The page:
A wake-up call on water use

A long-running resource issue finally trickles down to more consumers.

By , Staff writer of The Christian Science Monitor

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    An aqueduct carries water from the Sierra Nevada Mountains to southern California.
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Move over, carbon, the next shoe to drop in the popular awareness of eco-issues is the “water footprint.”

That’s the word in environmental circles these days. Just as the image of a heavy carbon foot made it possible for the masses to grasp the power of carbon-dioxide emissions, water footprint is the phrase now drawing attention to the impact of human behavior regarding water.

“H2O is the next CO2,” says Nicholas Eisenberger, managing principal of GreenOrder, a consulting firm that specializes in sustainable business. As a phrase, water footprint “will probably move more quickly through the public mind as it catches on,” he says, because water is more tangible than carbon.

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Measuring how much water an individual, business, or government uses is a concept everyone can viscerally relate to, he adds, “because they put their hands on it every day, which is not the case, necessarily, with carbon.”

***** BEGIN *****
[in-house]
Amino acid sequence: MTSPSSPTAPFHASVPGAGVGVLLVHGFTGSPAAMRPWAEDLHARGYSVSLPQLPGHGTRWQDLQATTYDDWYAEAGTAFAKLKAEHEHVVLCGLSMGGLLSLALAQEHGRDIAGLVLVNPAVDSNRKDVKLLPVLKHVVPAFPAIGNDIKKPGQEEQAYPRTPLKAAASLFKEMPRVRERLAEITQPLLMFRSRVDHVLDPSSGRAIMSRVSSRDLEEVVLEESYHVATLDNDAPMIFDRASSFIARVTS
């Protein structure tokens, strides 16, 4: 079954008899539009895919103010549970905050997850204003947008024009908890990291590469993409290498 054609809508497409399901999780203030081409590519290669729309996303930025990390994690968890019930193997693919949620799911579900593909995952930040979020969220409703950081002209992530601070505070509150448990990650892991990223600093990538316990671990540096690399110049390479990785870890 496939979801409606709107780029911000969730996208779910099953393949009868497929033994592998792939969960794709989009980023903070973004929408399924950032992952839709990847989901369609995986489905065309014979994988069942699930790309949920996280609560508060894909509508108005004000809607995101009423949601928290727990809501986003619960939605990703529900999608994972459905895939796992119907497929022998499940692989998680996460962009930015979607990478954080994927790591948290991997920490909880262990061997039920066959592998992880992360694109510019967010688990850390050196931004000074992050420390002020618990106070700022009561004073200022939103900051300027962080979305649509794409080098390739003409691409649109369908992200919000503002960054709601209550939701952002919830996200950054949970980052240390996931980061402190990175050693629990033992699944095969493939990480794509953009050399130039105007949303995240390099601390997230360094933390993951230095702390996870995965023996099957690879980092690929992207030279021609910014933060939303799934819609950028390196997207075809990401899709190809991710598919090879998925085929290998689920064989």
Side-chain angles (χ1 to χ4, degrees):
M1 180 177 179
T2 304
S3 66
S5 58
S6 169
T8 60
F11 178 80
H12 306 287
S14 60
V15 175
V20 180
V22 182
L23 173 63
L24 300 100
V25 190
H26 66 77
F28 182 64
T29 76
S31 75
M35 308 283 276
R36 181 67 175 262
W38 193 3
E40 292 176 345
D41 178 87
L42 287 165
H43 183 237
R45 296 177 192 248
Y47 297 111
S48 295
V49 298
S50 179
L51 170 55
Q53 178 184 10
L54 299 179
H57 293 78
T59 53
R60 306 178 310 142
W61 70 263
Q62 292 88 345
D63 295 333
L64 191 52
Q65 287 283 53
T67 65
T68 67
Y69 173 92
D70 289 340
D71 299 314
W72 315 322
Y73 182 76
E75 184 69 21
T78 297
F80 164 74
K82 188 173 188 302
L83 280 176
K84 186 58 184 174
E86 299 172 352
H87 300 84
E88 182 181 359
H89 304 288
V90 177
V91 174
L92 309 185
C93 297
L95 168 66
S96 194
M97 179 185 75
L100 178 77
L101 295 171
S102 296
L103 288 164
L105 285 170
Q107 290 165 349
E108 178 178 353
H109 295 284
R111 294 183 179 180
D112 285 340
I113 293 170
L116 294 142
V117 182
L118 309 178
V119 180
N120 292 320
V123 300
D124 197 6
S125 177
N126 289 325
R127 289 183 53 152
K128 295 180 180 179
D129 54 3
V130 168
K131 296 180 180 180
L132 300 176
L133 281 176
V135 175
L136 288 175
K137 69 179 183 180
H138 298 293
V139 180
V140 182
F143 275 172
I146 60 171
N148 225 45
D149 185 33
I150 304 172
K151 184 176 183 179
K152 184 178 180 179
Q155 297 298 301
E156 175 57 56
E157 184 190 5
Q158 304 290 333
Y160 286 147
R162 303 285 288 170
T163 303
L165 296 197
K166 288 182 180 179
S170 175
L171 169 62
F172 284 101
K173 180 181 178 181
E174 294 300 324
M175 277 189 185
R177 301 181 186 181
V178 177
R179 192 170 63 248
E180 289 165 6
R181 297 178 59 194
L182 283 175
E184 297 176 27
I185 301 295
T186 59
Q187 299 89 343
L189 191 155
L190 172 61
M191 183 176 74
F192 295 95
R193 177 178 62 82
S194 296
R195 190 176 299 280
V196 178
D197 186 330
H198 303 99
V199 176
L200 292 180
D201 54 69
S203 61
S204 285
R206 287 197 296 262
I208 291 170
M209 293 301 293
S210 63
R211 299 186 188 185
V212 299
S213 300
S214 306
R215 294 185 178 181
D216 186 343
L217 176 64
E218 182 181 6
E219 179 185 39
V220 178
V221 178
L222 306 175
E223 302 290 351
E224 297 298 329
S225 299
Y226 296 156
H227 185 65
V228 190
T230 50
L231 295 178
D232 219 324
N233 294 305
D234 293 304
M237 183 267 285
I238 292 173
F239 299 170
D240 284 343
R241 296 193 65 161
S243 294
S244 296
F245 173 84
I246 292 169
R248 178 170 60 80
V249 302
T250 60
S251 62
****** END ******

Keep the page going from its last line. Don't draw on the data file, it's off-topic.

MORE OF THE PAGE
Why is “water footprint” coming to the fore now? And why does what is arguably humanity’s most vital resource need what some call a gimmick to connect people with its importance?

“You can’t control what you don’t measure,” says Laura Shenkar, principal of the Artemis Project, a water consulting firm. People take water for granted, she says, but the growing talk about climate change inevitably includes water. And recent droughts in the usually verdant southeastern United States have helped bring the issue to public attention.

But causing people to take action on this issue isn’t necessarily going to be easy. One simple “wake-up” tool is the calculator at the website of the Water Footprint Network. It asks questions about your diet and lifestyle and then churns out eye-popping “prints,” or water consumption estimates in the hundreds of gallons.